The last two blog posts looked at learning together and participation – so what do institutions claim in relation to these two themes? As my main field of work is currently workplace learning and management development, it seemed most appropriate to examine examples from this field.
Interestingly in light of the last two blogs, is the fact that many management development programmes emphasis one-to-one work with a coach particularly at senior management levels and there is little mention of learning together or participative learning strategies. Perhaps this reflects prevalent models of management and leadership at that level? In addition a great deal of focus is placed on meeting the organisation’s needs, presumably aimed at marketing the course to the business client as opposed to describing the delivery strategies.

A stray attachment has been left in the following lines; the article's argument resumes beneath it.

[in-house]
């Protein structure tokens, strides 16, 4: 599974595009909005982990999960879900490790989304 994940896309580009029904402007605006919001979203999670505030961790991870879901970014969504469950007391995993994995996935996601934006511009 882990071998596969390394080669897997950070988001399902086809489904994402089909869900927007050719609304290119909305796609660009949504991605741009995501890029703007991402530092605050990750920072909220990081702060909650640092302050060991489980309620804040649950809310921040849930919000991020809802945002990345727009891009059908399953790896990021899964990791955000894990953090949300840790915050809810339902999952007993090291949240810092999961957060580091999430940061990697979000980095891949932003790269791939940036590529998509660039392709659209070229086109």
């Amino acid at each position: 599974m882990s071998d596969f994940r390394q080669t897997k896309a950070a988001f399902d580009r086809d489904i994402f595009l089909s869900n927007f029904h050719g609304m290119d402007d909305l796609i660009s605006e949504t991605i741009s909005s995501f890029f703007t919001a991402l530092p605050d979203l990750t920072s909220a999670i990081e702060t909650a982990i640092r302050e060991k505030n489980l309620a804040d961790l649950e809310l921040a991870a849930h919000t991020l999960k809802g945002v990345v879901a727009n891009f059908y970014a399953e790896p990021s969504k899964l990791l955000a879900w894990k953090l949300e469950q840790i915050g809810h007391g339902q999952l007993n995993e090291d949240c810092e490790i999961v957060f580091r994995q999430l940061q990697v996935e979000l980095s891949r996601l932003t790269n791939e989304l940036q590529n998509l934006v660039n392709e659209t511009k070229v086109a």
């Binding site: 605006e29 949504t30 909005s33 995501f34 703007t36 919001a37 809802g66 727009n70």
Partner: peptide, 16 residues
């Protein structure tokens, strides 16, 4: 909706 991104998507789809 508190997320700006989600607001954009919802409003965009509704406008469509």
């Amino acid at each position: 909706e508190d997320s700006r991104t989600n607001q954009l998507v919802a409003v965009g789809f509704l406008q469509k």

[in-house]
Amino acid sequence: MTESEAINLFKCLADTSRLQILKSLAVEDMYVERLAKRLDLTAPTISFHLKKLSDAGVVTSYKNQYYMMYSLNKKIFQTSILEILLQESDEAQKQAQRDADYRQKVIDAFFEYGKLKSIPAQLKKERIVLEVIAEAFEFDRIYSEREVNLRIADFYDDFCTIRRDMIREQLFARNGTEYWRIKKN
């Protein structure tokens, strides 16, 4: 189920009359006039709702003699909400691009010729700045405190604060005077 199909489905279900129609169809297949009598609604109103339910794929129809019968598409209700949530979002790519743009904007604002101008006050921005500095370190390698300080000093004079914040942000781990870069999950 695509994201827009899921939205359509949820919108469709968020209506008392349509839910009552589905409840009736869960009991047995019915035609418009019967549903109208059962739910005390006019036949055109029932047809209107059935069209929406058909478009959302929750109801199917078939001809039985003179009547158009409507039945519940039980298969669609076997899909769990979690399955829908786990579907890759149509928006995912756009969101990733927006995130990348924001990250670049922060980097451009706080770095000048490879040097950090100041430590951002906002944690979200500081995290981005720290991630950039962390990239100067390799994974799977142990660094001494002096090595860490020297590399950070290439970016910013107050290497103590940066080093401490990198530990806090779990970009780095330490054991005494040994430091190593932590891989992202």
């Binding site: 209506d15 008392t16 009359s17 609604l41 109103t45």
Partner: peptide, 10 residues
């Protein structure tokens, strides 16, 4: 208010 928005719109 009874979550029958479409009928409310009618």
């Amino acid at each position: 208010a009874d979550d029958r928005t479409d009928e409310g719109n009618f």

Dale Carnegie 1 is a well-known provider in this field. Their homepage hints at participation with phrases such as ‘engage your teams’, ‘coach them’ but has no specific information on delivery methods.
Investigating one of their courses, the Executive Leadership Programme 2 describes how it:
- brings ‘together senior leaders with similar values and aspirations’
- in a ‘safe environment’
- with ‘the catalyst of an experienced Dale Carnegie coach’
The implication is that the participants will be learning together and presumably from each other. However in terms of participation the content appears to be fixed so participation is limited to sharing examples of application and experience – something which is a valid and in my opinion extremely effective form of participation but is not on the same level of true participative learning.